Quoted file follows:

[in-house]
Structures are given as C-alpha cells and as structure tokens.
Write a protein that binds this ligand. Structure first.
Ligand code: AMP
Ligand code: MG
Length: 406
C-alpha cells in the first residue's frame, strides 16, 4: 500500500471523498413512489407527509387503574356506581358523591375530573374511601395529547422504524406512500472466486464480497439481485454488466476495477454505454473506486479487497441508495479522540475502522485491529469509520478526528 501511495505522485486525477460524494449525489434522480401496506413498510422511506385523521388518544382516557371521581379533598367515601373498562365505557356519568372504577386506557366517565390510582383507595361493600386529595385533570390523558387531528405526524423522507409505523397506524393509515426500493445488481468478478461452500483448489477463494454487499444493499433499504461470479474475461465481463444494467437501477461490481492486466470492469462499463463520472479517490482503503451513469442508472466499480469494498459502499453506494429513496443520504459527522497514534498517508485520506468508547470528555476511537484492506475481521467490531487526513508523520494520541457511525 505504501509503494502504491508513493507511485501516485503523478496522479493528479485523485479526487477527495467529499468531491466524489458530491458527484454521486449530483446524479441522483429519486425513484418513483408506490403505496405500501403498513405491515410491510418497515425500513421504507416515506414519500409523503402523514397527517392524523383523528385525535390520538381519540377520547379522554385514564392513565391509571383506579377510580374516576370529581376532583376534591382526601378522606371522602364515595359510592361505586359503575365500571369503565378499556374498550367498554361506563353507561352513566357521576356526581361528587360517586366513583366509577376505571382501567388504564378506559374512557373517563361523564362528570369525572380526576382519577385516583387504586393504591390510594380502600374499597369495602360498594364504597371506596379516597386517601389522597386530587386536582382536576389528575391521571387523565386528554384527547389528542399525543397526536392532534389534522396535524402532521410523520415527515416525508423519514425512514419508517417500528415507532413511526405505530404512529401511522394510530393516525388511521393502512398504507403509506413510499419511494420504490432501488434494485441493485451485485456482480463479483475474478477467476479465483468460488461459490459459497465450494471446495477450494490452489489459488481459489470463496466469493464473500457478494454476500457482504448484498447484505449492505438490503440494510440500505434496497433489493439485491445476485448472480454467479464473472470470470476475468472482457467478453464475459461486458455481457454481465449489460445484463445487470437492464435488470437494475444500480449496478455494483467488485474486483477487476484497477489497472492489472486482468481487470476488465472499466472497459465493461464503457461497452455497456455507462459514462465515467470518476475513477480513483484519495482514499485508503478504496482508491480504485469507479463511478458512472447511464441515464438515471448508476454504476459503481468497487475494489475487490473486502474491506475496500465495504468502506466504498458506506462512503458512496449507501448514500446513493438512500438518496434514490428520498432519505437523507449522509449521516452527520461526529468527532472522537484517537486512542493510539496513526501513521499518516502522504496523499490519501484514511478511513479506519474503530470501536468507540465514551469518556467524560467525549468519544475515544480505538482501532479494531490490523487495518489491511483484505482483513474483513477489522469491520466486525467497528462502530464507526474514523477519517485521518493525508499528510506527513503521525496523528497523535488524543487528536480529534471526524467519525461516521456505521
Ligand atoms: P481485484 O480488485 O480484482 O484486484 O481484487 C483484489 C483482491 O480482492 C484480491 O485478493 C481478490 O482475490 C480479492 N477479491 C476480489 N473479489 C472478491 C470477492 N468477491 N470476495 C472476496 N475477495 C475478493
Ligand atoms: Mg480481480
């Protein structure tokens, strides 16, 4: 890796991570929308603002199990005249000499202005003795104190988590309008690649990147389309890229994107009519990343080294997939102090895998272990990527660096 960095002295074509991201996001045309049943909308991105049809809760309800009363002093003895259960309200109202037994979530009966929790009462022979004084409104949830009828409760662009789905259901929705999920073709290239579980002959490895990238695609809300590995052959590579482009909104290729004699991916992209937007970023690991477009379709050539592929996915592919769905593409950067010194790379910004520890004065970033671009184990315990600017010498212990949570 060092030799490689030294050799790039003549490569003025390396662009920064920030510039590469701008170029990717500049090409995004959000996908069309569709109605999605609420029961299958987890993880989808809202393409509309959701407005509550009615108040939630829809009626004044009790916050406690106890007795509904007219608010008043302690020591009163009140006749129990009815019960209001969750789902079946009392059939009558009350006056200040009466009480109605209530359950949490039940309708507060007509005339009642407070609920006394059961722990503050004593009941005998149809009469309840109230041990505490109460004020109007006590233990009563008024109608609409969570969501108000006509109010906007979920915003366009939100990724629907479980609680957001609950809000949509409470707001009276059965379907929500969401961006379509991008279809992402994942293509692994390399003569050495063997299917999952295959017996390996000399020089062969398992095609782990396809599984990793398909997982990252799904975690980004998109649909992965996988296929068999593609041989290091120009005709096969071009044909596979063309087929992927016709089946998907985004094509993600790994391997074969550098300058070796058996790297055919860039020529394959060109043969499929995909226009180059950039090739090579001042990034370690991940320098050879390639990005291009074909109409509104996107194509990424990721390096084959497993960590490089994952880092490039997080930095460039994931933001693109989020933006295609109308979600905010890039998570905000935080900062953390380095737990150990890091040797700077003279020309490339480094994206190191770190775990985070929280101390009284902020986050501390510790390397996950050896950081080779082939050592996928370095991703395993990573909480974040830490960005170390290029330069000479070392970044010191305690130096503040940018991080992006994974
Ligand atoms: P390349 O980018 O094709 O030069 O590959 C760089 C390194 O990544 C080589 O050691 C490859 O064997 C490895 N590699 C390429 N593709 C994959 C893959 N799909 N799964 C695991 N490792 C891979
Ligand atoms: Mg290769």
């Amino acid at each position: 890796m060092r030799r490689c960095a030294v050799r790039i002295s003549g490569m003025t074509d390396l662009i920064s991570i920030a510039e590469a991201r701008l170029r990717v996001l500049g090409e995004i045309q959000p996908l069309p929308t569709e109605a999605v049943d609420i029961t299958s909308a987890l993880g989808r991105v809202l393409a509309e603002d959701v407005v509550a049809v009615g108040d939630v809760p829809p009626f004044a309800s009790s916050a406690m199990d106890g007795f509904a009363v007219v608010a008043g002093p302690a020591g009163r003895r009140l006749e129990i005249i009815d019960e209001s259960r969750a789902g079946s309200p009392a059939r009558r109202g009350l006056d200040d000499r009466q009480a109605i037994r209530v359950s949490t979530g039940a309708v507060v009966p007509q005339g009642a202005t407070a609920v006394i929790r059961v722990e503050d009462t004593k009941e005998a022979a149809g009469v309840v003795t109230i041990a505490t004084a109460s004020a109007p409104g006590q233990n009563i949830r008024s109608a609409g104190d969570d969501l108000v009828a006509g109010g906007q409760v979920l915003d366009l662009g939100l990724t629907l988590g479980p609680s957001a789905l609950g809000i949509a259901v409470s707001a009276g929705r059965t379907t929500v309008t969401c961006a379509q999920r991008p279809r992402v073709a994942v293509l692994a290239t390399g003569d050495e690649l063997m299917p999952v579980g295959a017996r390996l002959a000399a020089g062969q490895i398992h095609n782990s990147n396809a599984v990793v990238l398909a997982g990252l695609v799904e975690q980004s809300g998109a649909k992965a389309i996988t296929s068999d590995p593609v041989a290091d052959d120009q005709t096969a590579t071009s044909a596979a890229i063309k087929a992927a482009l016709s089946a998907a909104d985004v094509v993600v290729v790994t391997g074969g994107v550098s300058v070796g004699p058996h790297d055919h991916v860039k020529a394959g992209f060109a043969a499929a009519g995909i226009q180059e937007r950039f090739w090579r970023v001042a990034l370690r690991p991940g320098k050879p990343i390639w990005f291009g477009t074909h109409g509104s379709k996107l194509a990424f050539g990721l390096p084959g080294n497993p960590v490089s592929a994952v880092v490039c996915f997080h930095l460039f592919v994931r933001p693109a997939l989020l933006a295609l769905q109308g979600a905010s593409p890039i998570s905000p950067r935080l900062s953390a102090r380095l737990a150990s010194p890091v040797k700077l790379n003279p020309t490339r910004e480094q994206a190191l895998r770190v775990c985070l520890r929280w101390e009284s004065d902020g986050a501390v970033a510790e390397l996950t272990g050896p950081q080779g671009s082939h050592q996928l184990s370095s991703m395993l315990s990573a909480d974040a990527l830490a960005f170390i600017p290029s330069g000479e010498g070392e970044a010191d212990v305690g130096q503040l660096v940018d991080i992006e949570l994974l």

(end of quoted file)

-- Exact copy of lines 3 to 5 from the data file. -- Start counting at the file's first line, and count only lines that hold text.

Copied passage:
Write a protein that binds this ligand. Structure first.
Ligand code: AMP
Ligand code: MG